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Posttraumatic Stress Disorder (PTSD) in the General Population
Uppsala University, Humanistisk-samhällsvetenskapliga vetenskapsområdet, Faculty of Social Sciences, Department of Psychology.
2003 (English)Doctoral thesis, comprehensive summary (Other academic)
Abstract [en]

This thesis explored the epidemiology of Posttraumatic Stress Disorder (PTSD) and different aspects of the disorder. Firstly, we investigated the lifetime prevalence of traumatic experiences and PTSD in the general adult population in Sweden and evaluated the impact of different trauma types, trauma frequency, and perceived distress. The results show that traumatic experiences are common and PTSD is not rare; roughly one out of ten traumatic events results in PTSD, with a 5.6% lifetime prevalence. The female/male ratio is 2:1. The risk for PTSD increases considerably with a high trauma-associated emotional impact. The distressing impact of a given trauma appears to be higher in women than in men, indicating an increased vulnerability in women. Secondly, we hypothesized that traffic road accidents (TRA’s) are one of the most prevalent types of traumatic events in Swedish society; therefore, we examined the impact of event and response characteristics associated with TRA’s on PTSD development. The data demonstrate that of those who had experienced a TRA (n=1074, 58.9%), 6.1% reported lifetime PTSD. TRA’s associated with fatal accidents and injury to oneself and related to high distress more than double the risk for PTSD. Thirdly, we compared the relative merits of the DSM-IV’s three-factor solution for PTSD symptoms to alternative models. We found that the symptomatology is equally well accounted for using all factor analytic models as yet presented in the literature; the DSM-IV, we found, provides as good a fit to data as other models. Fourthly, we examined the neurofunctional correlates of PTSD symptoms and whether a treatment-induced (serotonin reuptake inhibitor - SSRI) reduction of PTSD symptoms is associated with altered rCBF during symptom provocation. Our results indicate that PTSD symptoms correlates with areas involved in memory, emotion, attention, and motor control and that SSRI treatment normalizes provocation-induced rCBF in these areas.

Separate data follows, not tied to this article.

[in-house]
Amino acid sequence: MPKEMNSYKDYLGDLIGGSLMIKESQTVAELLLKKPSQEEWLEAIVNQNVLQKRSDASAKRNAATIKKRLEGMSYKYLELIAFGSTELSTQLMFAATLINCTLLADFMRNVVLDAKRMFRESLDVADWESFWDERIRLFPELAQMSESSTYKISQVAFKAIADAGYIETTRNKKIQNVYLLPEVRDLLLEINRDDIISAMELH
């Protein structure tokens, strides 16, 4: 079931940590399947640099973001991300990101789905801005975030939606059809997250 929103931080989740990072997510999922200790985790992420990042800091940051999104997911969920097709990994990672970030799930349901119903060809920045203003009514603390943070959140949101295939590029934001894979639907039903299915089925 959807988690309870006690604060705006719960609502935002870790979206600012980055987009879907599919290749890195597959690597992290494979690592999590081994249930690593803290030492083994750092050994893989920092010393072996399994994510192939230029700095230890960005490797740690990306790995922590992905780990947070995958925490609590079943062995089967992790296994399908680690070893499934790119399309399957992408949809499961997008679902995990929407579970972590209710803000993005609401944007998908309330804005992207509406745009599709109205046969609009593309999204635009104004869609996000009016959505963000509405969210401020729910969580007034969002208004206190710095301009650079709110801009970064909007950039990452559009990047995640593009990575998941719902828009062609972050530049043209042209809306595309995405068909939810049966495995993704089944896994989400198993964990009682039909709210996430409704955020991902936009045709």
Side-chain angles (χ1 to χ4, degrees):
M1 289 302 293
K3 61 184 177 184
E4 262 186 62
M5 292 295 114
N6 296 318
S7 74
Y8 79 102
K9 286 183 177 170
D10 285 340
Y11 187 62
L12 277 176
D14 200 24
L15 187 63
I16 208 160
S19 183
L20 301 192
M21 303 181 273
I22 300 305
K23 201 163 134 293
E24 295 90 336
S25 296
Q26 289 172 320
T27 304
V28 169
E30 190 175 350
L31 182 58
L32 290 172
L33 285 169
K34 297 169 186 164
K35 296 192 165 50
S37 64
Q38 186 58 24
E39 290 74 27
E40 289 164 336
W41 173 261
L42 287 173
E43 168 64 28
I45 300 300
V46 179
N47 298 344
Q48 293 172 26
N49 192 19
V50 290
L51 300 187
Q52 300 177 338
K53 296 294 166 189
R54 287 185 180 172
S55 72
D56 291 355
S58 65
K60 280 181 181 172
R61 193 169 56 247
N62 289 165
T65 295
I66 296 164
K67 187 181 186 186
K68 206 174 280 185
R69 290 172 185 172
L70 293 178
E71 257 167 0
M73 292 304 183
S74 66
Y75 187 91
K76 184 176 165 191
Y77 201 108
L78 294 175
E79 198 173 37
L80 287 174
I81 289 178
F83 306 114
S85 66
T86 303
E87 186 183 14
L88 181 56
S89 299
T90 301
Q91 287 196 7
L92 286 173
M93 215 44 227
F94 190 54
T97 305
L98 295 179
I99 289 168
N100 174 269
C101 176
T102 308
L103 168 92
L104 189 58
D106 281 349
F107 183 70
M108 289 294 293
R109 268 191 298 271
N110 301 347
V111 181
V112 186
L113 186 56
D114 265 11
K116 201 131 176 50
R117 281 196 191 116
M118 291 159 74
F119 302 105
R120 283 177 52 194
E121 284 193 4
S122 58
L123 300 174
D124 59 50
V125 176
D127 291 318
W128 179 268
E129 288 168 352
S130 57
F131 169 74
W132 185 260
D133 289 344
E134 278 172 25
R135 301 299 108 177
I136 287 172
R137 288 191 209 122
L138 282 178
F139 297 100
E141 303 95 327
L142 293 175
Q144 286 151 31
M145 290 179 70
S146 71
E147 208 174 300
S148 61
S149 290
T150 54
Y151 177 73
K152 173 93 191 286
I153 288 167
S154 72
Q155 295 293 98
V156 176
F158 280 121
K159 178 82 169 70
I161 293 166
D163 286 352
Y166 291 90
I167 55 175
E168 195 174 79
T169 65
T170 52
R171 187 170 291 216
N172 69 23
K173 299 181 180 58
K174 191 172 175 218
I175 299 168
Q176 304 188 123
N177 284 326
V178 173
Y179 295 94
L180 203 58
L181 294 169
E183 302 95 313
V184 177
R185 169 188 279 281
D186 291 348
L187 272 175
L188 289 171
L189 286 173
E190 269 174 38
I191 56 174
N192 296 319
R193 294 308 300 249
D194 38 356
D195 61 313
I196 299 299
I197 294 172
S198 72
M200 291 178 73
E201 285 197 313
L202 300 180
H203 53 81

Place, publisher, year, edition, pages
Uppsala: Acta Universitatis Upsaliensis , 2003. , p. 66
Series
Comprehensive Summaries of Uppsala Dissertations from the Faculty of Social Sciences, ISSN 0282-7492 ; 129
Keywords [en]
Psychology, posttraumatic stress disorder, trauma, epidemiology, general population, prevalence, traffic road accidents, DSM-structure, positron emission tomography, regional cerebral blood flow, symptom provocation, selective serotonin reuptake inhibitor
Keywords [sv]
Psykologi
National Category
Psychology
Research subject
Clinical Psychology
Identifiers
URN: urn:nbn:se:uu:diva-3528ISBN: 91-554-5697-9 (print)OAI: oai:DiVA.org:uu-3528DiVA, id: diva2:163135
Public defence
2003-10-03, Sal IX, Universitetshuset, Uppsala, 09:15
Opponent
Supervisors
Available from: 2003-09-05 Created: 2003-09-05Bibliographically approved
List of papers
1. Trauma exposure and posttraumatic stress disorder in the general population
Open this publication in new window or tab >>Trauma exposure and posttraumatic stress disorder in the general population
2005 (English)In: Acta Psychiatrica Scandinavica, ISSN 0001-690X, E-ISSN 1600-0447, Vol. 111, no 4, p. 291-299Article in journal (Refereed) Published
Abstract [en]

Objective:  To examine the lifetime prevalence of trauma experiences and post-traumatic stress disorder (PTSD).

Method:  Questionnaire-assessed PTSD, the type of traumatic event experienced, perceived trauma impact, and trauma frequency in 1824 randomly selected men and women.